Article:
A renovation and subsequent transformation of this medieval building into a home brings out the essence of safe-guarding vernacular architecture and its gems.
The Czech Republic is home to some of the finest architecture in the world. Marred by revolutions and war, most of these jewels took a beating – only to be resurrected by architects like ORA Architects. Safe guarding an intensely vernacular style of architecture while catering to the modern needs of man is no easy task. To the team, “the Štajnhaus has not been a project but a process. Throughout its existence it has suffered great many scars; it has gone through tens of reconstructions and operations. All of these have altered the house beyond recognition. Yet it has maintained its almost medieval picturesqueness.”
Completely unlike the heavily detailed and gilded buildings of the bigger cities in the Czech Republic, the Štajnhaus has a plain and extremely modest exterior like the other buildings around it – one can almost never tell that the house has a Renaissance core.
A narrow and simple entry makes way for the foyer with a splendidly humble groin-vaulted ceiling which hosts a contemporary lighting accessory. Black over white, a marriage made in heaven of visual senses is what the entire theme of the Štajnhaus is. With light coloured wood tones adding a bit of variation, the entire interior has been restricted to black metal work over stark white walls right from the black framed doors to the metal furniture.
Looking in, the modernisation is quite evident right from the start but given that the brief was quite straightforward the designers at ORA who specialise in vernacular design had a fairly sensitive job ahead – highlighting that, they share, “We were looking for a limit in time and for a point when we should rather go on a new journey. But we still wanted to preserve the house as an organic unit. You will not find a straight wall or a rectangular opening in the house, so we had to reinvent and remake to measure all the elements, which the investor was compliant with.”
The low vaulted medieval ceiling of the dining room above a heavy and rugged wood plank dining table, placed over a brick floor is a sort of cold swirl to the on-looker. Clearly keeping the existing building frame intact, the windows and walls of the house were made to sway to the current purpose of the house.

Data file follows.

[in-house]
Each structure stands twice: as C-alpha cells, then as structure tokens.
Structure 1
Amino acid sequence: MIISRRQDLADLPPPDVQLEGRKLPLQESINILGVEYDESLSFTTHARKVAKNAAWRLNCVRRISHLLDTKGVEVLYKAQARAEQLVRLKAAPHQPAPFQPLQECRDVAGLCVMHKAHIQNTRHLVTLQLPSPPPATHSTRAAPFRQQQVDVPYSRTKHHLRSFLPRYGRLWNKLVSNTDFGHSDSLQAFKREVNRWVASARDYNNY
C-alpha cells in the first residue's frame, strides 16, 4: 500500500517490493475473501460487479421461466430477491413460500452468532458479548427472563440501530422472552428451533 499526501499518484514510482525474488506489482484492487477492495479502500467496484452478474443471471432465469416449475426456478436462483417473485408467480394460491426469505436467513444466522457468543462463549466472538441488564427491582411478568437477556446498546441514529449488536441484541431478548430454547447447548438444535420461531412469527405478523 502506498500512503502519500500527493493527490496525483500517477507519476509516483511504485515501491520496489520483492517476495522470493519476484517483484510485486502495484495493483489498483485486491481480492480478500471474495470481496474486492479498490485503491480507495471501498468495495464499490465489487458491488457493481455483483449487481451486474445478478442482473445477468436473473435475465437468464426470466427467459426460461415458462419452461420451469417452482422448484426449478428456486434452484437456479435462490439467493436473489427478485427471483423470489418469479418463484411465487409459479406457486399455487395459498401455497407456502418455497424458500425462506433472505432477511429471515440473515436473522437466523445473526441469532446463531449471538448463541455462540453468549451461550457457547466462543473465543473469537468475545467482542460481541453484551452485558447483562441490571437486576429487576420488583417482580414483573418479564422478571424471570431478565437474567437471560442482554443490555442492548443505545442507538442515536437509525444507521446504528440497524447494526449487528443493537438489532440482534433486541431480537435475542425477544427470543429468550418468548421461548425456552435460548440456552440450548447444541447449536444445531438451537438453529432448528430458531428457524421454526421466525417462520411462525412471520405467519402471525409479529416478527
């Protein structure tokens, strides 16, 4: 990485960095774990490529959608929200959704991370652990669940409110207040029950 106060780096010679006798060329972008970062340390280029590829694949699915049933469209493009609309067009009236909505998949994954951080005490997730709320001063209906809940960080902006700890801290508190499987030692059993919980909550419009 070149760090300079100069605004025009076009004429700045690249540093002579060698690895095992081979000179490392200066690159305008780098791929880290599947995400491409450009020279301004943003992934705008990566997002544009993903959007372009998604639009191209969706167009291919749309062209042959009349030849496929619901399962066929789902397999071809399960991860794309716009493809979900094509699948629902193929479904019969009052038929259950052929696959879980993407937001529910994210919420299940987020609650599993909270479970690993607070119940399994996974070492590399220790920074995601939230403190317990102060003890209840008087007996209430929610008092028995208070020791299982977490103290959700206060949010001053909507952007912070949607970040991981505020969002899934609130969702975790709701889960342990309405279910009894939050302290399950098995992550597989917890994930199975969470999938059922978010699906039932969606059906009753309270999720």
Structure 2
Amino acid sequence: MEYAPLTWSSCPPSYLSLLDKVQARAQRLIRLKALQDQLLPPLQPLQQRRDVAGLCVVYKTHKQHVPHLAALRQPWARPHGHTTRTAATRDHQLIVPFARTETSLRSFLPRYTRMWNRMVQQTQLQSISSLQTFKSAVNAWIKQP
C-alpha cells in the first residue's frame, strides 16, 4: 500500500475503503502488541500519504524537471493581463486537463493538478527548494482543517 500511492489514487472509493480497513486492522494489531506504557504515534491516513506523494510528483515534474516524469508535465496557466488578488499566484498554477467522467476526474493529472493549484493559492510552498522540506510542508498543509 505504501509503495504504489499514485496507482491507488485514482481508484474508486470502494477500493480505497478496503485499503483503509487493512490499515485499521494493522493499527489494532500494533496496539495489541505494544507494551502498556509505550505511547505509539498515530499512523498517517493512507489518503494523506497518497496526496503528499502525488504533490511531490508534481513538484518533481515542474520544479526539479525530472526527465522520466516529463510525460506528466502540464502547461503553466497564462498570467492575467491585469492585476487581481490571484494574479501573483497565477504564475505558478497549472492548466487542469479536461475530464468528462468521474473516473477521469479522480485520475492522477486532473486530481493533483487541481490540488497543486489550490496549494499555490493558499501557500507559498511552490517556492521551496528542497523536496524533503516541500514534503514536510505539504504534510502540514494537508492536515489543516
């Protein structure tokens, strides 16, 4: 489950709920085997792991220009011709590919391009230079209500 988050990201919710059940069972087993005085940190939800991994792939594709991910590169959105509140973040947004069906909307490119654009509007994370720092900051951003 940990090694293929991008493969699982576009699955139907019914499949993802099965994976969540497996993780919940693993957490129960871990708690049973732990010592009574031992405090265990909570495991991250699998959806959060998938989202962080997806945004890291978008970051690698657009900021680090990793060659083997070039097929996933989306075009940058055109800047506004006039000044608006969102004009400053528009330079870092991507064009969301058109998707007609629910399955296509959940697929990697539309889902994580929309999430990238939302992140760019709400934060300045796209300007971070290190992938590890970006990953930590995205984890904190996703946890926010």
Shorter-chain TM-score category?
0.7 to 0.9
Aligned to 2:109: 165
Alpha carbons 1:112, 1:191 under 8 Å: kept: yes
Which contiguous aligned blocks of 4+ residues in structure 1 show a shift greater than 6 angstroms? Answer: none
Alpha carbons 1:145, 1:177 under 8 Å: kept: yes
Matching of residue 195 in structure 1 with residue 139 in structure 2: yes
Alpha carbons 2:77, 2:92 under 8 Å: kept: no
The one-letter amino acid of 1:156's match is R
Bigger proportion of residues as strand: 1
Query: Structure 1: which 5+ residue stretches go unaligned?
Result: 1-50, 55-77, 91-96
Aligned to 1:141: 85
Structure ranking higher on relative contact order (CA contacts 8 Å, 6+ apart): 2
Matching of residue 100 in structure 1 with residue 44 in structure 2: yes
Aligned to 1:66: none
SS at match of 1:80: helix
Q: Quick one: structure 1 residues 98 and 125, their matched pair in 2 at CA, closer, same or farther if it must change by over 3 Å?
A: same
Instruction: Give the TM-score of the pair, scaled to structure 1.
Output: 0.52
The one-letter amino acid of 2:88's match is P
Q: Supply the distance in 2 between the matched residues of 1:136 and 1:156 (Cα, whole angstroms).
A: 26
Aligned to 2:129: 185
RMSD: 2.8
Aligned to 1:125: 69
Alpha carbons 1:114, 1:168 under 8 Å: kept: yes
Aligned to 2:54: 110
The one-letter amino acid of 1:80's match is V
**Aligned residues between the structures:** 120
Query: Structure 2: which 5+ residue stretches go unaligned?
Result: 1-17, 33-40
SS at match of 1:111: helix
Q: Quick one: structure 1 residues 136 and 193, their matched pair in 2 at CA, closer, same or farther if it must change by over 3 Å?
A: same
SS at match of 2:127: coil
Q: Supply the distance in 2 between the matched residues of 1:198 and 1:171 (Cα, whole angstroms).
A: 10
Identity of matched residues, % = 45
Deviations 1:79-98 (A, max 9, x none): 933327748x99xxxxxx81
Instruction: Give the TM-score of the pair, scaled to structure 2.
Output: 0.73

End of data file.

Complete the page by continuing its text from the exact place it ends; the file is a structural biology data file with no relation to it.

This theme flows into the dining room with pastel floor tiles, a ceiling comprising of heavy wooden beams and rafters and weighty wood accessories all kept together by the ever faithful black metal. The bedrooms are poster material for what can be best defined as industrial metal work jewels. The same plain, rustic walls under a heavy wooden ceiling with exposed beams and rafters are not what make this space special, the furniture does.
Four poster beds made of metal, abstractly taking the shape of a vaulted ceiling, a straight forward poster bed fitted with wheels – are all indicators of a contemporary soft corner but tactfully introduced by the designers in the form of these eccentric yet fun elements.
The rooms in the upper floor and the attic spaces have been planned to ensure space is utilised in the best possible way within the rigid parameters of this medieval building. Minimalistic beds under the sloped roof and metal reinforcements to define the confined spaces put to the test the ideology of form following function.
Ludwig Mies van der Rohe always said “Where can we find greater structural clarity than in the wooden buildings of the old. Where else can we find such unity of material, construction and form?
Here the wisdom of whole generations is stored. What feelings for material and what power of expression there is in these buildings – they seem to be echoes of old songs.” The Štajnhaus echoes everything it has seen over the years from within, and the team at ORA let you hear those echoes, while lying on a bed that can only be called “art”.
Text By Virupa Kantamneni
Photographs Jakub Skokan, Martin Tůma / BoysPlayNice